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Epilepsia. 2003 Sep;44(9):1153-9.

Activation by N-acetyl-L-aspartate of acutely dissociated hippocampal neurons in rats via metabotropic glutamate receptors.

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Department of Pharmacology, Hiroshima University School of Medicine, Hiroshima, Japan.



We previously reported that an increase in the N-acetyl-L-aspartate (NAA) level due to the lack of aspartoacylase gene was found in the brain of the tremor rat (tm/tm), which is a mutant with a causative gene named tm that shows epileptic seizures. Therefore, NAA is suggested to be one of the factors involved in the induction of epileptic seizures. Patch-clamp studies were performed to determine whether NAA produces an excitatory effect on acutely dissociated rat hippocampal neurons.


Acutely dissociated hippocampal neurons were prepared from normal Wistar rats aged 3-4 weeks. NAA-induced currents were investigated by using the whole-cell voltage-clamp recording technique.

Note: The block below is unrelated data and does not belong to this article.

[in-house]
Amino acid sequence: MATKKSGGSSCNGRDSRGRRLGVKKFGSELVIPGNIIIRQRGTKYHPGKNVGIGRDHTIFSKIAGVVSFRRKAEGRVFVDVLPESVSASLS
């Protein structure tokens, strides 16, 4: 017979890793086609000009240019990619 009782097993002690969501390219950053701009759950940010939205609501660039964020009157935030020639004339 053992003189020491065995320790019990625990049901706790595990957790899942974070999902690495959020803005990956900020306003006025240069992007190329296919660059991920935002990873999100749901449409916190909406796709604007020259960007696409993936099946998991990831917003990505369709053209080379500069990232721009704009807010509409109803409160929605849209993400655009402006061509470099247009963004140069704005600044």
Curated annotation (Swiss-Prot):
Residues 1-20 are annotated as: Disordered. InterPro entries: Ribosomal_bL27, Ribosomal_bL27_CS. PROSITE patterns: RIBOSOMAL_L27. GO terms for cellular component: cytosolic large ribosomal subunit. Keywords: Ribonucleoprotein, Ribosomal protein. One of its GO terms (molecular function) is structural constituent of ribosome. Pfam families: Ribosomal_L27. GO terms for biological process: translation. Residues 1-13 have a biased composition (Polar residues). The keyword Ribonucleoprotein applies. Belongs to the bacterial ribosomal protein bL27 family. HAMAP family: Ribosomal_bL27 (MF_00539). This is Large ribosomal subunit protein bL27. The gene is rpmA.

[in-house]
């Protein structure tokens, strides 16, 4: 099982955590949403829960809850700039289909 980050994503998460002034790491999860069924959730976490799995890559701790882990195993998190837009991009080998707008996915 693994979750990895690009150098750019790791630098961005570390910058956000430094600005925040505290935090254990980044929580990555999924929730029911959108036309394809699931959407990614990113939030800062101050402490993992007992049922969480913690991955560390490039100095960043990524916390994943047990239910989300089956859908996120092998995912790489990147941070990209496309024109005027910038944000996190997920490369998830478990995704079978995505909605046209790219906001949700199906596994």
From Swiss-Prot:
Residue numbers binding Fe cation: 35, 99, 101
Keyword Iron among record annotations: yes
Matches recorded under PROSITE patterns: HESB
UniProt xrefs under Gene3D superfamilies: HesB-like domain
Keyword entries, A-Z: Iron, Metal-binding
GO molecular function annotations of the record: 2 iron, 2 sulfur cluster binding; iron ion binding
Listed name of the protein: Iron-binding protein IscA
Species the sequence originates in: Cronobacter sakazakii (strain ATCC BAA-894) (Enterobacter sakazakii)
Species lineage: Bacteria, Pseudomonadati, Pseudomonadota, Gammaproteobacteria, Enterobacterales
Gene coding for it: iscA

Application of NAA at concentrations of 100 nM to 1 mM through a U-tube for 2 s produced an inward current in a concentration-dependent manner at a holding potential of -60 mV. When the current-voltage relation was examined, the reversal potential of the NAA-induced current was found to be approximately 0 mV. The NAA-induced current was inhibited by bath application of the metabotropic glutamate receptor (mGluR) antagonist (+/-)-alpha-methyl-4-carboxyphenylglycine (MCPG) and by intracellular application of guanosine 5'-O-(2-thiodiphosphate) (GDP-betaS), a nonhydrolyzable GDP analogue. However, the NAA-induced current remained unaffected by glutamic acid diethyl ester, a non-N-methyl-D-aspartate (NMDA)-subtype ionotropic glutamate receptor antagonist, or the voltage-dependent ion channel blockers tetrodotoxin, CdCl2, and tetraethylammonium-chloride. Conversely, the mGluR agonist, trans-(1S,3R)-1-amino-1,3-cyclopentanedicarboxylic acid (ACPD) also induced an inward current, with a reversal potential of 0 mV. The ACPD-induced current also was inhibited by MCPG.


These results suggest that NAA acts on the G protein-coupled mGluRs to induce an inward current that results in excitation of the neurons, thereby contributing to the occurrence of epileptic seizures.

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